Hands-on with the elusive Windows Phone 8 Samsung ATIV S

Hands-on with the elusive Windows Phone 8 Samsung ATIV S

Summary: Microsoft has been pretty coy about letting its upcoming Windows Phone 8 devices off the leash, so we haven't seen much about them. Here's a glimpse of the ATIV S - essentially the Galaxy S III, with a different OS.


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  • Make no mistake; Samsung isn't taking a huge chance here. The Windows Phone 8 ATIV S is essentially the Samsung Galaxy S3, but running Microsoft's newest mobile OS.

    While that's unlikely to win over Android fans, it could well prove appealing to the platform-neutral (or indifferent) contingent. I dare say Windows fans could well be impressed.

    Hardware-wise, the phone (Samsung GT-I8750, to use its formal name) is no slouch with a 4.8-inch HD Super AMOLED touchscreen, 1.5GHz dual-core processor, and 1GB of RAM on board to keep it ticking along nicely. From my limited time testing the device, it did just that - opening several apps and browsing without lag.

    It's also about the same depth as the Galaxy S3 too, at just 8.7mm thick (pictured). The Galaxy S3 is 8.6mm thick.

  • The cameras on the ATIV S are pretty well specified too, with an 8-megapixel one on the rear and a 1.9-megapixel front-facing one for HD video calling.

    While it does have on-board photo editing capabilities (pictured), I did find myself missing some of the more advanced photo features found on the Nokia Lumia 920 and 820, even if these are a bit of a novelty.

    Storage is provided in 16GB or 32GB capacities and can be augmented through use of a microSD card. This is a good thing. I've seen too many Windows Phones lately that don't provide for expansion, including the Lumia 920 (thankfully the 820 does). There's also 7GB of free SkyDrive storage too.

Topics: Smartphones, Microsoft, Mobile OS, Mobility, Samsung

Ben Woods

About Ben Woods

With several years' experience covering everything in the world of telecoms and mobility, Ben's your man if it involves a smartphone, tablet, laptop, or any other piece of tech small enough to carry around with you.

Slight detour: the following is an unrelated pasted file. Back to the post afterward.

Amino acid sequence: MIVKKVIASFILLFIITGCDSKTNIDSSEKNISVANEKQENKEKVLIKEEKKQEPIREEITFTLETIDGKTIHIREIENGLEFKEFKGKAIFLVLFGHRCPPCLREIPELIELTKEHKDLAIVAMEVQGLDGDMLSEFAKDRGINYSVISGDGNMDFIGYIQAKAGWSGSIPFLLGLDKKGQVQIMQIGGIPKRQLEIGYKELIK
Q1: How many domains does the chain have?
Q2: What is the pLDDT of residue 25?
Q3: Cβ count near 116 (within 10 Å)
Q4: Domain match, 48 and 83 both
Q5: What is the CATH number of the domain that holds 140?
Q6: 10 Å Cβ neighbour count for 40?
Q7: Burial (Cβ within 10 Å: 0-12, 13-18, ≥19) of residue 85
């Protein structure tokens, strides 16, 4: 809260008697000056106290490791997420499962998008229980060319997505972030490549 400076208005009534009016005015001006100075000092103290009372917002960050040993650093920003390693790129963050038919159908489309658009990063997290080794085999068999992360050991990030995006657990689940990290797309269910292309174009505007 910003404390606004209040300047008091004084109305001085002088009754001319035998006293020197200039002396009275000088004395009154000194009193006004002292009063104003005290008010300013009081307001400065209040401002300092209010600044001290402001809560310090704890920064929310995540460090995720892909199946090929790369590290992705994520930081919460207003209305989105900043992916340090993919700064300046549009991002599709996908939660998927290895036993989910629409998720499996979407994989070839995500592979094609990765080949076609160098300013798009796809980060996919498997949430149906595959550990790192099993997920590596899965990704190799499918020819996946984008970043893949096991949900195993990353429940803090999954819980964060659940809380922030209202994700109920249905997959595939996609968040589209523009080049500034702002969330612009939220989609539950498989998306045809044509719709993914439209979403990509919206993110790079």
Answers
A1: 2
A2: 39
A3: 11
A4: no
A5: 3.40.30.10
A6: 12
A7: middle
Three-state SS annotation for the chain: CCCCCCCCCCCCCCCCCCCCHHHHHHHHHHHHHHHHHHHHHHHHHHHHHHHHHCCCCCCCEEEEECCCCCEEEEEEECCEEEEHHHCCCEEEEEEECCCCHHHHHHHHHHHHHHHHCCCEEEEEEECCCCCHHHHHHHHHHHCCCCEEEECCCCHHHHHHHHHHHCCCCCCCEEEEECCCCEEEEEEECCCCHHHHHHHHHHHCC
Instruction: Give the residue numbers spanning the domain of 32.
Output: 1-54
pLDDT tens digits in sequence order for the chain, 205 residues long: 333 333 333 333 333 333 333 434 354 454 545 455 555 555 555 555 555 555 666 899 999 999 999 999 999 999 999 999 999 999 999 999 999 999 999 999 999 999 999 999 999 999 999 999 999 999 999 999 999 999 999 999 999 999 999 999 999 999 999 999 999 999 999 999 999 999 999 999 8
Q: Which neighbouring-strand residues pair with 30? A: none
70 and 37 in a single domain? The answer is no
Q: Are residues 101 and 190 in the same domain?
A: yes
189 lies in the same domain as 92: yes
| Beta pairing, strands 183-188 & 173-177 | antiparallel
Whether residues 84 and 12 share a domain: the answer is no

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  • Ben....Have you had a chance to??

    Try Lumia 920???...I want to get a Windows Phone (have had the Lumia 800 before, currently using an iPhone and an Xperia T), not interested in HTC, so so fan of Samsung (since Galaxy S2), which one do you recommend?
    • Why

      Why not HTC? I have HTC Desire Z (Android) and love it but I never had something else to compare with. I also read that HTC is faster with updates than others and update for longest time period. Thanks
      • Second that

        Agree. I've gotten all the windows phone updates on my HD7
  • galaxy note1 is not even good.

    i crave for that quad core windows phone, as i might search my system fast and open and close pictures fast. not like my 11GB half full built in memory gnote (beaten by my 1.8GHz year 2004 amilo pro lap top).
  • I could go with ATIV S, but I am used to

    Nokia EcoSystem, erm, apps for Windows Phone like Drive, Maps, etc. and 920 sounds right. Other than that ATIV S is a good phone.
    Ram U
    • Drive and Maps

      are available on all WP8 devices. I would go for the Nokia 920 without a doubt if it were on Verizon, but since I don't plan on going to ATT I'll likely go with the ATIV S or HTC 8X. Can't decide which.